We've watched with wonder as our seven-year-old grandson's horizons have broadened as he's become an ever more fluent and enthusiastic reader. Yet we've also been struck by how some children of his age find the world of the written word is still closed to them. Even today (or, perhaps, especially today), reading matters, and books matter. We love books, so it was natural that our daughters should love books, and that love has been passed on in turn to our grandson, who sees books as his passport to discovery, adventure, enjoyment and independence. Why do some kids love books and others feel intimidated by them? We suspect that much of the difference is down to early exposure, and that by the time a child reaches school this distinction is largely already set.
So the best way of allowing a child to catch the book bug is to show them as early as possible just what an exciting place the world of books can be. Which is exactly where the three books reviewed here come in. "Rally Car", "Tractor" and "Digger" by Benedict Blathwayt are bright, interesting and engaging, and beautifully illustrated. They are short enough to avoid intimidating their intended audience, and each double-page illustration is captioned with a simple sentence or two. If you wanted an ideal way in which to start exposing the new arrival in your household to the magical worlds that can be accessed between the covers of a book, then we can think of no better place to start. The level of detail in the illustrations mean that these are books that repay repeat visits, and that they offer plenty to those only interested in looking at the pictures.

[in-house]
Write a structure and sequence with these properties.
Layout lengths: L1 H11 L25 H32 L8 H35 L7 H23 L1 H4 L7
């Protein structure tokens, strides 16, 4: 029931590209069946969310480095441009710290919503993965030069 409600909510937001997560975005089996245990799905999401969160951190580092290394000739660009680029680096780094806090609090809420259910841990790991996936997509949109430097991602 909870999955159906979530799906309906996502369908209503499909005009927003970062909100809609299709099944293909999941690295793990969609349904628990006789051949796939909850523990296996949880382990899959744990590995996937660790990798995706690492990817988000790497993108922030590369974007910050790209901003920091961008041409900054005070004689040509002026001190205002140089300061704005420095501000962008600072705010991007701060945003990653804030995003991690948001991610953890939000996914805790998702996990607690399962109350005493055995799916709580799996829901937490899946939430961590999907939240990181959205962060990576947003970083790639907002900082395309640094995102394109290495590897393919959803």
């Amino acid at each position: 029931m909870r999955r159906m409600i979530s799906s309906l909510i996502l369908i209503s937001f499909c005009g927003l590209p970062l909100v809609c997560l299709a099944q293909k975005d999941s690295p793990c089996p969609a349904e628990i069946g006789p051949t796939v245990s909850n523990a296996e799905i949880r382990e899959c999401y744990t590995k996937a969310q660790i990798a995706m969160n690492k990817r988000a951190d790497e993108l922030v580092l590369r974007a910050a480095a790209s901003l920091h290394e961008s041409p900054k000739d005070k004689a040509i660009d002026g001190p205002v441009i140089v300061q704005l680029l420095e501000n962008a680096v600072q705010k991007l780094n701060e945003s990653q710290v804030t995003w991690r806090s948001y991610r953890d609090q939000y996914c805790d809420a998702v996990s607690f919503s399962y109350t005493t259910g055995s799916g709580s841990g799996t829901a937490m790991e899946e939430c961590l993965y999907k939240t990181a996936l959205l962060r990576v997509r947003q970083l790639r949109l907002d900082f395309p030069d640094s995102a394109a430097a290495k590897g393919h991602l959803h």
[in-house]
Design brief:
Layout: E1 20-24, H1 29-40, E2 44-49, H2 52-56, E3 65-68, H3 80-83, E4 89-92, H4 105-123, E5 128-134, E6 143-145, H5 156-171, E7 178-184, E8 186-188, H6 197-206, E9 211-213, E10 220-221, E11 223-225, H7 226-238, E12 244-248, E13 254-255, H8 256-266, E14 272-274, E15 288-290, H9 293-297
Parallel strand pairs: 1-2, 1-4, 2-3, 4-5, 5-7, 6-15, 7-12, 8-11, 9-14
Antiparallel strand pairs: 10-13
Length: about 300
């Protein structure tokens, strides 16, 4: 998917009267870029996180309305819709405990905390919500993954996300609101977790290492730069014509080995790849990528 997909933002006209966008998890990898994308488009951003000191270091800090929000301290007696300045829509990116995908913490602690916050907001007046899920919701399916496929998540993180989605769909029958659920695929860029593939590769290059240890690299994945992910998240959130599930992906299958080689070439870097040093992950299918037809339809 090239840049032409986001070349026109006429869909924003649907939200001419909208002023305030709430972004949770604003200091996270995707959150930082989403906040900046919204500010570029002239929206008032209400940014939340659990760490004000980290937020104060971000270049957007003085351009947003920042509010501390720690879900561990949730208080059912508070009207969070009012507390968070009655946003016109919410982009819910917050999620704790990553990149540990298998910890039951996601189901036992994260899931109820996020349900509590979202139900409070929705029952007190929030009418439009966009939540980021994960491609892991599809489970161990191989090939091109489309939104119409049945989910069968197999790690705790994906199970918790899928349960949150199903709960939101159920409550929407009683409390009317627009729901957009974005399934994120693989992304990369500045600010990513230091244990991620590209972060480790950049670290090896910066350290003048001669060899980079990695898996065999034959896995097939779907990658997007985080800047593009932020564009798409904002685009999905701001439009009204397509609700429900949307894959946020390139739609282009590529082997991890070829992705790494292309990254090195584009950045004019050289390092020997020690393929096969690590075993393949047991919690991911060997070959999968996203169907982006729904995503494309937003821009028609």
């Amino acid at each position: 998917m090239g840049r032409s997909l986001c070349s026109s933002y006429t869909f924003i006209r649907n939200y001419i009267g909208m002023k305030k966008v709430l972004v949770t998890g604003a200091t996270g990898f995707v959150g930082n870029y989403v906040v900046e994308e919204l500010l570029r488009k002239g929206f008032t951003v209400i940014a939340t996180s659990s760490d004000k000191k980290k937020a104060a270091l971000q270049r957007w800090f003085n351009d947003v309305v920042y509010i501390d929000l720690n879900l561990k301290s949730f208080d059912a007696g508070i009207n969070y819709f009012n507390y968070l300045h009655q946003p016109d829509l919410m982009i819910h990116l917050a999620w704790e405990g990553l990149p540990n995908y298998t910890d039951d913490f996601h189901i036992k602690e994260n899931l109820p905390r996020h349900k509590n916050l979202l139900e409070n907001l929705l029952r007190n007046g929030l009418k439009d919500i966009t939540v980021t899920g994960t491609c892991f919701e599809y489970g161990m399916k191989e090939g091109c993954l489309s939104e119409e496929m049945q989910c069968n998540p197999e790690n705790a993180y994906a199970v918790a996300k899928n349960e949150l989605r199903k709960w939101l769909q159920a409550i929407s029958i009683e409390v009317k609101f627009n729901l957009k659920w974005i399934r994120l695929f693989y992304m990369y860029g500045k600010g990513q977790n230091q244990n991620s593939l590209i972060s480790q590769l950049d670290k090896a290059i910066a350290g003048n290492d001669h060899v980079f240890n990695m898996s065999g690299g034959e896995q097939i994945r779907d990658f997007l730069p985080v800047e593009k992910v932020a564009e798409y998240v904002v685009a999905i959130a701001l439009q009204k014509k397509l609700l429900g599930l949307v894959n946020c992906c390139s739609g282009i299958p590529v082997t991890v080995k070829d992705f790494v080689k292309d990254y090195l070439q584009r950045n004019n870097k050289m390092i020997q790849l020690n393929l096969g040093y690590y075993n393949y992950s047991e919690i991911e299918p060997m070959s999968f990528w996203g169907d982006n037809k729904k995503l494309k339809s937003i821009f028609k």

Author and illustrator Benedict Blathwayt spent much of his childhood, youth, and early years of married life on the Isle of Mull. The Scottish background comes through quite subtly in his illustrations. "Rally Car" is set on the Isle of Mull during the Mull Rally, while "Digger" offers a nicely detailed skyline of Edinburgh as the backdrop to one of its double-page spreads. We've not seen it suggested that the illustrations in "Tractor" have any particular geographical connection, but suspect that the landscape and buildings may owe more than a little to the Isle of Mull.
There are more words in this review than there are between the covers of these three books combined, but that is rather the point. These are lovely little books which we believe are perfect for opening young minds and exciting young imaginations.